Seminal Cinema Outfit

Classic, Foreign and Rare Film

Required Reading

“The core of the film is the characterization of two, deeply imperfect characters, evading trouble, trying to find solution to a problem, coming close to each other, and as always, the hallmark characteristic of a good film, it is full of sympathy for the characters. Despite the fact it seems dated, slightly thespian, over the top at times.” – Read more at Mad About Movies


“Comparison in cinema is a useless and unreasonable exercise. But here, taking example from two films of the same genre from the same production house and within a span of less than a decade, each winning the Best Director Filmfare Award in their respective years, I want to insist on the essential ingredients of good cinema. This comparison clearly suggests that while Kanoon was an improvement over its script, Ittefaq was only saved by its writing.” – Read more at Cinema is Forever


“With limited characters and the entire drama unfolding almost in one house, the movie has its focus pretty clear and it is one rare movie from its times which has no subplots, no distractions whatsoever. The drama between Dilip and Rekha is the highpoint of the enterprise, with the last thirty minutes being edge of the seat stuff.” – Read more at Recall and Relish

Part I

Part II

Required Reading

“On the face of it, Raj Kapoor’s “Awara” is a typical potboiler with a convoluted plot. In fact, there is so much in the plot that the first twenty minutes of the flashback are hurried through and the viewer is left thinking “woah, what happened there!?”. The device of a speeded-up beginning is something that Manmohan Desai later picked up on and used for his lost and found sagas. It is a shame really because after the confused beginning, there is more to “Awara” than meets the eye. If somebody who did not have much knowledge of Hindi cinema were to give this film a chance, that person would have to be open-minded to venture beyond the beginning and taste the fruits of this classic. Thankfully, the intriguing courtroom scene just before the flashback begins makes us curious to see what happens thereafter.” – Read more at Planet Bollywood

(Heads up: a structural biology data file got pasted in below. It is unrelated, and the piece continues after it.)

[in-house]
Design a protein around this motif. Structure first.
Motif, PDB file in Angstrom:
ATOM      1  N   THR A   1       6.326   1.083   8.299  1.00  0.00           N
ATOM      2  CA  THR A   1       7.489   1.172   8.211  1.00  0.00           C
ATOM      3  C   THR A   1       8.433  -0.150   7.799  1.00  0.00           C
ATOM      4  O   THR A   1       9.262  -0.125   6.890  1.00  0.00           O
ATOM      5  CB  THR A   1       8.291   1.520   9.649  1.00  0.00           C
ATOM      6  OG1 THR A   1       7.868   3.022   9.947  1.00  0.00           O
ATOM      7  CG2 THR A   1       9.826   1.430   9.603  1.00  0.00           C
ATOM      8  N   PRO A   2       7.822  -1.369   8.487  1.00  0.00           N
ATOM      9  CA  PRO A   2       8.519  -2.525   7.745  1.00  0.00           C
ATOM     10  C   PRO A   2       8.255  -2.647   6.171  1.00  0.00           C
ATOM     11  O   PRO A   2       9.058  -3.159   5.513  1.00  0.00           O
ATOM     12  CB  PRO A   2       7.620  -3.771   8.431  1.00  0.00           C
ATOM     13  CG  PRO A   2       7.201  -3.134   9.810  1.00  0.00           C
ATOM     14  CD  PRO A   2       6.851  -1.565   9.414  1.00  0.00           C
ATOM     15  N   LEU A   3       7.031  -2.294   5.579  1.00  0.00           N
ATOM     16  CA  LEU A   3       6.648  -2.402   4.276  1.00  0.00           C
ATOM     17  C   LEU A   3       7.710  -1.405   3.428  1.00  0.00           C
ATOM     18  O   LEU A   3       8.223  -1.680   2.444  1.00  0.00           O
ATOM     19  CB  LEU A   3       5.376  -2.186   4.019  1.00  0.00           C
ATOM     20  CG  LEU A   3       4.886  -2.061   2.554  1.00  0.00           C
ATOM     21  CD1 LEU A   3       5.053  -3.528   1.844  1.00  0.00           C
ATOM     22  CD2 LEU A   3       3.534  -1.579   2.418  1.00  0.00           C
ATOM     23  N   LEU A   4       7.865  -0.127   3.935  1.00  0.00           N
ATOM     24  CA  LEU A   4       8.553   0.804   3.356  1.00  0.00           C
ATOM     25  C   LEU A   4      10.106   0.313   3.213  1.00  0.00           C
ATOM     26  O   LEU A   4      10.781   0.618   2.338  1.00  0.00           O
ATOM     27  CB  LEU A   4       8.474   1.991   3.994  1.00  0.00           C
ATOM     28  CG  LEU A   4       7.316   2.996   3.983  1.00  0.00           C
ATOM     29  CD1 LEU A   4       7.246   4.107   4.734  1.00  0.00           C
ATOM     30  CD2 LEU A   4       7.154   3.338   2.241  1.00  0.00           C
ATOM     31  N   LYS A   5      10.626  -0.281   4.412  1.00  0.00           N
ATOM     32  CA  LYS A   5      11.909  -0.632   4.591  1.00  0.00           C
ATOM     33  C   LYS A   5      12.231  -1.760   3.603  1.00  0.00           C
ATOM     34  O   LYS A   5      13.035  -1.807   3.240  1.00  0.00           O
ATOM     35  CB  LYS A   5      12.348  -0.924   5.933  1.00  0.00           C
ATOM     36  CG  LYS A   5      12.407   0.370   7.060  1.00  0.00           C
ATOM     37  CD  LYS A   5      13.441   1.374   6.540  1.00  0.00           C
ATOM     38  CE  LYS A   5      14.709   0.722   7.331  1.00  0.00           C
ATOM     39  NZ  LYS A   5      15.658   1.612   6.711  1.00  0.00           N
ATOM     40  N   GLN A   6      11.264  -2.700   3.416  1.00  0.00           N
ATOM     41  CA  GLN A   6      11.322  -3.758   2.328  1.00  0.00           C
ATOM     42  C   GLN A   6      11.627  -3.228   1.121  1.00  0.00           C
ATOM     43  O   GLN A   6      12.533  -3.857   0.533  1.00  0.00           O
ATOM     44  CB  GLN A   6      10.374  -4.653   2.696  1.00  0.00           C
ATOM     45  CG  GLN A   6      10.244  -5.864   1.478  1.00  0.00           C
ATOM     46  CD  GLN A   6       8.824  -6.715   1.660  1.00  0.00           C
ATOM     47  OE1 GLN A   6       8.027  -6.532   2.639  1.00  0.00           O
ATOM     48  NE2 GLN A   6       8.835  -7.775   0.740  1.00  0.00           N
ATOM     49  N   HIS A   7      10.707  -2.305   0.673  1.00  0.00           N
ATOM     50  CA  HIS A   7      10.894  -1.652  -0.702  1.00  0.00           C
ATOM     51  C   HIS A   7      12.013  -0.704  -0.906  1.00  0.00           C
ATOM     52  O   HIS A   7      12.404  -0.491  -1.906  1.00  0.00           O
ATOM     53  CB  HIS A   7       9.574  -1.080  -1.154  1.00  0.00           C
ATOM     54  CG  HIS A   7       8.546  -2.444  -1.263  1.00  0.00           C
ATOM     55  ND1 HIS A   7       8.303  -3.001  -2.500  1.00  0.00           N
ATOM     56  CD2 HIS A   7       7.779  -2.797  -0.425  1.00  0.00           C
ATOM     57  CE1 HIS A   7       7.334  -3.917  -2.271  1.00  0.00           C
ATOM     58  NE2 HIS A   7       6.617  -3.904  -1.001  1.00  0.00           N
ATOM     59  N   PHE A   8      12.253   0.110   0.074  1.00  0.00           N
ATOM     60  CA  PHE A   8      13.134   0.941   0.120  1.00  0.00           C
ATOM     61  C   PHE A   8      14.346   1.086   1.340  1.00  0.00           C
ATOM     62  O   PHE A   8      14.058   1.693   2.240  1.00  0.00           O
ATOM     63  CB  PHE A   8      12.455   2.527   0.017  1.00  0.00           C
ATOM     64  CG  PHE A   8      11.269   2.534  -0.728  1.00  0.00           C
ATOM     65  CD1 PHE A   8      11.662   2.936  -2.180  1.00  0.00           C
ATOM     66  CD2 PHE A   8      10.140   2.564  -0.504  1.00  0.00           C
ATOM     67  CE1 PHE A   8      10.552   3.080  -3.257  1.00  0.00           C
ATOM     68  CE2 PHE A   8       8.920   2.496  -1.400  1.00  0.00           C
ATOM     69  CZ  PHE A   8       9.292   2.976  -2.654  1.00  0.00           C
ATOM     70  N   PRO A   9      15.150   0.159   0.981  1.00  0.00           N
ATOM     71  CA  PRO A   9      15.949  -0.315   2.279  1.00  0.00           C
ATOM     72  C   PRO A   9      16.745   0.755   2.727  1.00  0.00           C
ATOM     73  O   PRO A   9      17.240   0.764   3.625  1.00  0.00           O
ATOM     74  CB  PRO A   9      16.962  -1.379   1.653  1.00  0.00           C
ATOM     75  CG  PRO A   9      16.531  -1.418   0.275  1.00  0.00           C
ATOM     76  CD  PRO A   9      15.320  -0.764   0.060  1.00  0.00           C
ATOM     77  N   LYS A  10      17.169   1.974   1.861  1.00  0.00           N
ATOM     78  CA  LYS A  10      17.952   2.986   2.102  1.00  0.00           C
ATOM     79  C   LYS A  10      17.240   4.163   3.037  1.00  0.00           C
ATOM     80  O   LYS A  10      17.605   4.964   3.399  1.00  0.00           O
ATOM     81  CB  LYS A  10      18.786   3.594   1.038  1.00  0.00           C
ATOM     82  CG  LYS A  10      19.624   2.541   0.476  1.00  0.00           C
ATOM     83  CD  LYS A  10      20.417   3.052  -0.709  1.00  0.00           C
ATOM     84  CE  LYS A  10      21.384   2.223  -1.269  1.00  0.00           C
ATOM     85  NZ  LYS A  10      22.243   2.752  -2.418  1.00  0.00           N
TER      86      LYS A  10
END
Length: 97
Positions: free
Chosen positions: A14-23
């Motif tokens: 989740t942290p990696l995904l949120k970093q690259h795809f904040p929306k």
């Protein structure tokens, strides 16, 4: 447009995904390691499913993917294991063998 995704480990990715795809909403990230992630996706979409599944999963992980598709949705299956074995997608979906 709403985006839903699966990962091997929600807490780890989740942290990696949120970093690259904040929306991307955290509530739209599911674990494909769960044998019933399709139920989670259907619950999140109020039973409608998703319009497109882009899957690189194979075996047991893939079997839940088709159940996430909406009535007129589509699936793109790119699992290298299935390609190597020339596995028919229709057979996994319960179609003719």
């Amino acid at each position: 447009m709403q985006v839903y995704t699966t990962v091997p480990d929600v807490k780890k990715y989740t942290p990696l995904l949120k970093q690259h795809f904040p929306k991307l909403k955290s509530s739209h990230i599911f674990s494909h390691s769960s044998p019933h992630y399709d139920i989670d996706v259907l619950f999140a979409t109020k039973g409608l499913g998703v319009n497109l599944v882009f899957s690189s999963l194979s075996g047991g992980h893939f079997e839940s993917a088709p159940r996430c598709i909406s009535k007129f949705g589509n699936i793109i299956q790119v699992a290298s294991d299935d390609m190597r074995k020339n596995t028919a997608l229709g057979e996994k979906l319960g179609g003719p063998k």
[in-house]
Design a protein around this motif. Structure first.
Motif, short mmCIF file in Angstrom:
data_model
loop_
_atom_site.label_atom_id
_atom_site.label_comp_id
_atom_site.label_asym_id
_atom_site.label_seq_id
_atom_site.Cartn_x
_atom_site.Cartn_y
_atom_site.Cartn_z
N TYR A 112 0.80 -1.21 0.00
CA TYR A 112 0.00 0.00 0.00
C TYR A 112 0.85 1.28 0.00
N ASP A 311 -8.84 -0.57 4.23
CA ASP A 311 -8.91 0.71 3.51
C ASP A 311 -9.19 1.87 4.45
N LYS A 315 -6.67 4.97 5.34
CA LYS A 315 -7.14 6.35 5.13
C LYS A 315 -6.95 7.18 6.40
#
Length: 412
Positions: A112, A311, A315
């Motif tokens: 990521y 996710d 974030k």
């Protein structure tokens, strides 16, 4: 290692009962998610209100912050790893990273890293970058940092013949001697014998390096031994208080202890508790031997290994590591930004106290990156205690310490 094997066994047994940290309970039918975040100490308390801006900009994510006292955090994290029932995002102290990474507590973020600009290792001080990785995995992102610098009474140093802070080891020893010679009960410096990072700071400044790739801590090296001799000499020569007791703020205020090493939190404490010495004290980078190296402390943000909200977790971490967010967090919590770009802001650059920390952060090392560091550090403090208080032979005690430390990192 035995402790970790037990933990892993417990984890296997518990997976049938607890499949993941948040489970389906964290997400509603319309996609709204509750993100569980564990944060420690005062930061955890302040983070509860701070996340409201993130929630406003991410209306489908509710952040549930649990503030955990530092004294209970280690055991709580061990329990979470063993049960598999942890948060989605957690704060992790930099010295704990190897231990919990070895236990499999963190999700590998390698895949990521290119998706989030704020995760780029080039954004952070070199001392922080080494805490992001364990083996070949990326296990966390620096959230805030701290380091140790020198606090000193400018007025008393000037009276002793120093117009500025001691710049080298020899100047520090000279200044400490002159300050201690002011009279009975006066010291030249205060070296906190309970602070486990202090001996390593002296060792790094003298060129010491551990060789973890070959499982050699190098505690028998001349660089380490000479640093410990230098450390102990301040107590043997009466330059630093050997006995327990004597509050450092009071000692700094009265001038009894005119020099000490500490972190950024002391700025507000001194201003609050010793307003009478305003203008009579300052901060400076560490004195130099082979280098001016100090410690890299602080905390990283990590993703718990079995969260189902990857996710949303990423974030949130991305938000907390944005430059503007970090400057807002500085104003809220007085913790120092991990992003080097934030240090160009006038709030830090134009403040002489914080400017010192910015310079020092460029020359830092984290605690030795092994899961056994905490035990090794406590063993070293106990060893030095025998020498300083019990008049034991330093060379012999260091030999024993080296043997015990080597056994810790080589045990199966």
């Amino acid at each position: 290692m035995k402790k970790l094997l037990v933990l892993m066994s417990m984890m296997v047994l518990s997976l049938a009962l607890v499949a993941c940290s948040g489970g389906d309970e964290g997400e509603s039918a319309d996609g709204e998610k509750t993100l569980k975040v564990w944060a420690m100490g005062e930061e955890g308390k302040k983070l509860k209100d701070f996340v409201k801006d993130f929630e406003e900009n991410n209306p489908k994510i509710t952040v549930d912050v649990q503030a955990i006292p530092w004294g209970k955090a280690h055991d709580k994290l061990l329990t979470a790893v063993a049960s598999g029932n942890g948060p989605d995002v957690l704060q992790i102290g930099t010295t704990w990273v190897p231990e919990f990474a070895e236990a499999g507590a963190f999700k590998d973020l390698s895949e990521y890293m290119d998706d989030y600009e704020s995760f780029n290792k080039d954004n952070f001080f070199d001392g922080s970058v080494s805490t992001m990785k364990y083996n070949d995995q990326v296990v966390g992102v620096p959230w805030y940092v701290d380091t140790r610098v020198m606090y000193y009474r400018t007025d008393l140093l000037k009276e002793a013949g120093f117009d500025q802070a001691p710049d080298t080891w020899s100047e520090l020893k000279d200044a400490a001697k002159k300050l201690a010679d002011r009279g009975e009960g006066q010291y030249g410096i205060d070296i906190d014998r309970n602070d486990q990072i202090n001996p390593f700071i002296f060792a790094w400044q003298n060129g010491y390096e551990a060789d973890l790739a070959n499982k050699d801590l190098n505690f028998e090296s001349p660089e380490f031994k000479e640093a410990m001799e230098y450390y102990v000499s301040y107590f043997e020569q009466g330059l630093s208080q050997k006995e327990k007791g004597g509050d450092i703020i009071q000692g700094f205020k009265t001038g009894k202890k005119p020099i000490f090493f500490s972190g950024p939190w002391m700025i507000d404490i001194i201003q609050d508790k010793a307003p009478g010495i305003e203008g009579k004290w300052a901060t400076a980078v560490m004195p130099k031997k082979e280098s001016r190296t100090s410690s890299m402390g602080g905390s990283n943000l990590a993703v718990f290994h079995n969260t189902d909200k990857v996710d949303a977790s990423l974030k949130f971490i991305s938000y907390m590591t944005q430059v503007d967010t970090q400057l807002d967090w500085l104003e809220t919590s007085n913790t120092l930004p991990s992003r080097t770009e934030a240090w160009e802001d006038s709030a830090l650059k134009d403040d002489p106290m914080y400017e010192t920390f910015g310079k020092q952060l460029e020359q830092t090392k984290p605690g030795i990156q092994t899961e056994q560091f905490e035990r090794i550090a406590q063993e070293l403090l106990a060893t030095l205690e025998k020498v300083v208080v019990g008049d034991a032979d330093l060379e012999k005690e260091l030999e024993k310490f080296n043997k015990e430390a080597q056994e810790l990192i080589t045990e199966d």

“The superlatives surrounding this 1951 Raj Kapoor movie are a little arresting – most successful Bollywood film, even “most popular film of all times” (link)… I had watched it once, and coming as it did for me after and Shree 420(1955) and Jagte raho (1956), I confess I was a little disappointed. So when I read about the movie’s stunning fortune in the Eastern block, in China, Turkey, and god knows where else, I started wondering: how come it was so successful? What struck the 1950s public as so fascinating? When crowds cheer to that extent, I always think there must be a reason! I decided to watch it again. And that’s when it worked! I had previously thought it was too preoccupied by effects (the special effects of the 1950s!), and that its artistic intention had perhaps been hampered by the impatient desire to demonstrate what the newly Raj Kapoor studios (not even finished: see here) were able to do. I thought it wanted to say too much; that it was weighed down by a certain demonstrative attitude, a certain experimentalism, that it didn’t lift itself out of that psychological and symbolical exercise, and just didn’t reach the skies of perfection I was hoping it would reach! Grace, that was what was missing.” – Read more at Let’s Talk about Bollywood


“Of course, I didn’t understand anything of the film’s deeper story when I watched it as a child, but as I got older I began to recognise the social themes Awara was exploring; the divide between rich and poor, injustice and attitudes to women in society. Later on when I began watching the films of Charlie Chaplin I remember thinking how much the little tramp resembled the one from Awara, not realising which one had really come first.” – Read more at Static Mass

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